## February 2013

When preparing the challenge this month, I made a small mistake that made the question much easier than intended.

Here is the solution, as I derived it:

Let y^2 be a k-digits-long number, giving us 10^k x^2 + y^2 = z^2.

Write z=10^k a + b and we get

10^k x^2 + y^2 = (10^k a + b)^2 = 10^k a(10^k a+ 2b) + b^2.

So, b^2=y^2 (mod 10^k). Here I made the mistake of concluding that b=y.

Those who want to try to solve a more difficult version of the question, can stop here and ponder a little on solving this version.

My mistake was, of course, that b can be -y mod(10^k), which lends itself to several trivial solutions like

x = 5 * 10^(k-1) - 1; y = 10^k -1; and z = 5 * 10^(2 * k-1) - 10^k + 1.

If we continue with the assumption that b=y, we get

x^2 = a^2 10^k + 2ya

so y = (x^2-a^2 10^k) / 2a.

For every k and a, we can compute x as ceil(a*sqrt(10^k)) and check whether the resulting y is divisible by 2a.

The fact that sqrt(10^37) is surprisingly close to an integer (~3162277660168379331.99889) gives us, for k=37, many possible solutions. Choosing a=463 gives us the intended solution of

x=1464134556657959630716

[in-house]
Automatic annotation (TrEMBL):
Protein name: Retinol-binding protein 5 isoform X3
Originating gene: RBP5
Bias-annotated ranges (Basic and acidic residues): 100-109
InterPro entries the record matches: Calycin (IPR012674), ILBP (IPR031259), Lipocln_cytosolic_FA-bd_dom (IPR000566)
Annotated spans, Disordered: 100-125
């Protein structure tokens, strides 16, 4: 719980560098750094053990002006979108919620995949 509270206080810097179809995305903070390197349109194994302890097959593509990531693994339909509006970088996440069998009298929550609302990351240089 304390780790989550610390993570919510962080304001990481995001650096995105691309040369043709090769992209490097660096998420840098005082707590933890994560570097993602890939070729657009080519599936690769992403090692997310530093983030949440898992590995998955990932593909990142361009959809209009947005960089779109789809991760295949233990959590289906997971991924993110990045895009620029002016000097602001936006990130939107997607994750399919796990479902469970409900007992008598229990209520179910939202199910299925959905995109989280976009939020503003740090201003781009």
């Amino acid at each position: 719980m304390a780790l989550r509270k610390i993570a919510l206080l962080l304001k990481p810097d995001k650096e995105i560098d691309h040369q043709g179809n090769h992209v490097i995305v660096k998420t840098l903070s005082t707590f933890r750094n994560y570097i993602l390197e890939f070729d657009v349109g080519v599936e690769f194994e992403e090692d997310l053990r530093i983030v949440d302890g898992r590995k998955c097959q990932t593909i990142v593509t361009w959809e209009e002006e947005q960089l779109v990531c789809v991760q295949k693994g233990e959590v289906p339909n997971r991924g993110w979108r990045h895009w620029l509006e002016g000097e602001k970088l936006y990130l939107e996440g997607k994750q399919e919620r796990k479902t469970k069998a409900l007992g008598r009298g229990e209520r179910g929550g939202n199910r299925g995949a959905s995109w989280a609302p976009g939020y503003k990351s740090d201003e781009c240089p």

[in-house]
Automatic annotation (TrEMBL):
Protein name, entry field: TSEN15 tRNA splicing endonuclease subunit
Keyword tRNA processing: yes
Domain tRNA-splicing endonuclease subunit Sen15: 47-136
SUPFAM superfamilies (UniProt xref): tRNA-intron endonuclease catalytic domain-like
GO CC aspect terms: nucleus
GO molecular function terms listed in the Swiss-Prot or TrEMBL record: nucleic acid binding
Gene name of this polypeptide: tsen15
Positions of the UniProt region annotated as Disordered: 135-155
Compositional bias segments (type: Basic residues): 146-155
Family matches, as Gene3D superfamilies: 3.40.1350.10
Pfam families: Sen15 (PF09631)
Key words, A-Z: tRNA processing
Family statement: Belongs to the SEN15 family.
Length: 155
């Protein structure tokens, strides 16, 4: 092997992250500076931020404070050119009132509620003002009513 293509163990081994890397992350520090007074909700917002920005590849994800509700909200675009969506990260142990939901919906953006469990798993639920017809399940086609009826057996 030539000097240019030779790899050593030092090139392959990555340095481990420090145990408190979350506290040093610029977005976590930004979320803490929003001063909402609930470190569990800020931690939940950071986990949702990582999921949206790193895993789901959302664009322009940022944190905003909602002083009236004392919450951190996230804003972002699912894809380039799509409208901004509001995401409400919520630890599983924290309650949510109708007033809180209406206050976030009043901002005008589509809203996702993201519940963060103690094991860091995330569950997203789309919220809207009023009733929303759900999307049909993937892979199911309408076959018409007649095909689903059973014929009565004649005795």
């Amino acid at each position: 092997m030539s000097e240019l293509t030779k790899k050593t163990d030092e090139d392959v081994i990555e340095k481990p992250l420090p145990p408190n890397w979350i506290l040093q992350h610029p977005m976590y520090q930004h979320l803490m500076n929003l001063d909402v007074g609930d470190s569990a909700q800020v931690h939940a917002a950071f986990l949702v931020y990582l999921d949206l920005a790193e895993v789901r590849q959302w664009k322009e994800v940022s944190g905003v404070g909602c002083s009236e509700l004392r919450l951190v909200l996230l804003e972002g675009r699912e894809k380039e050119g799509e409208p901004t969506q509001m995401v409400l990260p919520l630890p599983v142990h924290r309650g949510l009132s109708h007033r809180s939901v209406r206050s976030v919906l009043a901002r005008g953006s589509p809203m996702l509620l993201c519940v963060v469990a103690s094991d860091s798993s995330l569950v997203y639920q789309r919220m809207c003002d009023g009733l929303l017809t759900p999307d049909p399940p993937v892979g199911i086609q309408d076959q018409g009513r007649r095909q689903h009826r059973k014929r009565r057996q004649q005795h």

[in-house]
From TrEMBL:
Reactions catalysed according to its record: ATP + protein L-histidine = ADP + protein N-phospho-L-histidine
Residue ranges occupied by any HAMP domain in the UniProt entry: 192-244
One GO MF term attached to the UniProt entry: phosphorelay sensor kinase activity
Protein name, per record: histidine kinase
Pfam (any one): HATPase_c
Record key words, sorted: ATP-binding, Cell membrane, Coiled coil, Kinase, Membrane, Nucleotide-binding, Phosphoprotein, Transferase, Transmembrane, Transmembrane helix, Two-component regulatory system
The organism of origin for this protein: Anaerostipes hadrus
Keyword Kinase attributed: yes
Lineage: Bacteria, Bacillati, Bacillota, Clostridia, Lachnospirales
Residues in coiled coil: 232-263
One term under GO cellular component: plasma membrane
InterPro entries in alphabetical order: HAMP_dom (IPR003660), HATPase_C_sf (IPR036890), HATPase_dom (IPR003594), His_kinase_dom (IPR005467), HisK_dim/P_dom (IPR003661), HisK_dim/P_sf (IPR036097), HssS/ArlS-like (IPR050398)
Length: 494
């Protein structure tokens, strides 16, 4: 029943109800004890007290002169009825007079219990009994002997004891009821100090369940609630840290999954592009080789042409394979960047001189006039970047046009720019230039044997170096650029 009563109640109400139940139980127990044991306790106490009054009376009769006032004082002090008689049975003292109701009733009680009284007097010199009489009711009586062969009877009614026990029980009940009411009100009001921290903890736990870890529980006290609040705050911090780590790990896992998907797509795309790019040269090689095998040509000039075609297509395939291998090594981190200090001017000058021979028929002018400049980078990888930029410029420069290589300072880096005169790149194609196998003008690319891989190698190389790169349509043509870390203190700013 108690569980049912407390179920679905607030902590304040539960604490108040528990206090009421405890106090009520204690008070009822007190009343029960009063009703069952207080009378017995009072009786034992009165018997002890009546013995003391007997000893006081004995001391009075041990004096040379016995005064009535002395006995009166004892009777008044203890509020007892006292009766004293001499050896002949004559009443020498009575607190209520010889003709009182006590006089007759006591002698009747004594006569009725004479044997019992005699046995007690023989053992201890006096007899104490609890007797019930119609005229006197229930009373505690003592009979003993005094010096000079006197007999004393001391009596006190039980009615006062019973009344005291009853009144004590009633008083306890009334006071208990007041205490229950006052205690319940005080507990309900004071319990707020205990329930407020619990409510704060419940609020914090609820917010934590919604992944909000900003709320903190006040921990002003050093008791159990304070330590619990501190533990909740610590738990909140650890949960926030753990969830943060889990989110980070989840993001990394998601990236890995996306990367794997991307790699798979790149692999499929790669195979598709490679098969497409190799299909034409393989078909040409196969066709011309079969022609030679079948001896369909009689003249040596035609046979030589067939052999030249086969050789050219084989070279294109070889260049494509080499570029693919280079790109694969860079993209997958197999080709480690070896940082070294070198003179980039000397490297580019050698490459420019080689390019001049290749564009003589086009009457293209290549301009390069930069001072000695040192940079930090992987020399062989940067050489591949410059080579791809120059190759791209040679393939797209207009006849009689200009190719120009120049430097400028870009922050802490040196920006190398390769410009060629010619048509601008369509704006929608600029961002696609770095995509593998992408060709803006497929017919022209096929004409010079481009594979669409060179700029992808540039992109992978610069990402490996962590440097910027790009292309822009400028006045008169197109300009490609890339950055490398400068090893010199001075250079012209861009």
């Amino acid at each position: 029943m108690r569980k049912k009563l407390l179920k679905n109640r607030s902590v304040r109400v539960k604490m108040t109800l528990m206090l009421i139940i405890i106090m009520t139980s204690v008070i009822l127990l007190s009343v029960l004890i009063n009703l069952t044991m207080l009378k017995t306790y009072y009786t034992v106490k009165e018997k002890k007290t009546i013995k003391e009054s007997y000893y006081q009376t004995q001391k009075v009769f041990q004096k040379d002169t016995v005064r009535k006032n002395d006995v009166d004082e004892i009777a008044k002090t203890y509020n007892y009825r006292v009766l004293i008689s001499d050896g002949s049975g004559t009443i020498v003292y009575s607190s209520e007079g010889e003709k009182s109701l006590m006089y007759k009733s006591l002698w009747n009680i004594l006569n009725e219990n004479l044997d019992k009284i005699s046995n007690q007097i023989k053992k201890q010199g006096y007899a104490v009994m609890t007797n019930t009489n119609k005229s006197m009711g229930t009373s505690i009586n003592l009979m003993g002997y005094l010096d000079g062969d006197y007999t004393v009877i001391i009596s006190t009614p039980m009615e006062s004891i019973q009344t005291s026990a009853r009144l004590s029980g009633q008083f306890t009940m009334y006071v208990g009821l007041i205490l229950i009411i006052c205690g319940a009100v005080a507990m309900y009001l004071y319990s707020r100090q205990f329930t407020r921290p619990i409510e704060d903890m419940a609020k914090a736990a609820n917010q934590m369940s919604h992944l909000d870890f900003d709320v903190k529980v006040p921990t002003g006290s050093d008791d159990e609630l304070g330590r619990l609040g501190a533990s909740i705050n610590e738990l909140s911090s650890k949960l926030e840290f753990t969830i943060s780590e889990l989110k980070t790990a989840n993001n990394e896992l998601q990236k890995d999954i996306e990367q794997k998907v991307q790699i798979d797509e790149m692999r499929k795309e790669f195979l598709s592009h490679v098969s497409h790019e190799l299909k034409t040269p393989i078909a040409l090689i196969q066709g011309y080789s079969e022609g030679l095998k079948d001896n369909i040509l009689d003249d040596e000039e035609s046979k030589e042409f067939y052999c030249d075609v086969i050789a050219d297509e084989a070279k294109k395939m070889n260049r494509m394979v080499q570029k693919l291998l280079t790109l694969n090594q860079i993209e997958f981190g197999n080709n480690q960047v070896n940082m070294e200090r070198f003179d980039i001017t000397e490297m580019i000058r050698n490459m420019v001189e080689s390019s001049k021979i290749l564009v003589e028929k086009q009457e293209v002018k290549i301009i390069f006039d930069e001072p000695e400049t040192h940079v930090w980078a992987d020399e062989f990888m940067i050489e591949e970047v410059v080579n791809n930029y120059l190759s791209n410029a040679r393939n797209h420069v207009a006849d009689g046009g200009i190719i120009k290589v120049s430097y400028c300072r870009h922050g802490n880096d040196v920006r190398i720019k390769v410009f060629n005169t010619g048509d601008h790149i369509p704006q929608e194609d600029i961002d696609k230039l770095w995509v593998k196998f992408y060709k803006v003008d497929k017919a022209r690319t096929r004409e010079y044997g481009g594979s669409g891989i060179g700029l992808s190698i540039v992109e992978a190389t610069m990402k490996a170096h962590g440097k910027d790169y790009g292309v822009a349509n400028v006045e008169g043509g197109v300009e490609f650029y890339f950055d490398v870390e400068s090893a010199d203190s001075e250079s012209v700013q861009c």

y=1619999831463380856

z=4630000000000000000001619999831463380856

J�nos Kram�r and Andreas Stiller sent us a solution with y=1, where one can solve Pell's equation: 10*x^2 + 1 = z^2 and get:

x=44101535838578367767701517414261786147419230399948898912033566977281348406767427039616458154500555609301871792239537197062035119616191426015391050131988492071587920645046734772112341070906349353550324660996677696009221202338336

y=1

z=139461301561451525695691667071742666259644328693387043194785898131383963733064589327602699959968509145992213260946921467365082720725567556648743873803852310099994956836260701173999664267548159260952703090632330767251579838305281

Jan Fricke also used Pell's equation to get to a solution with 60,503 digits.

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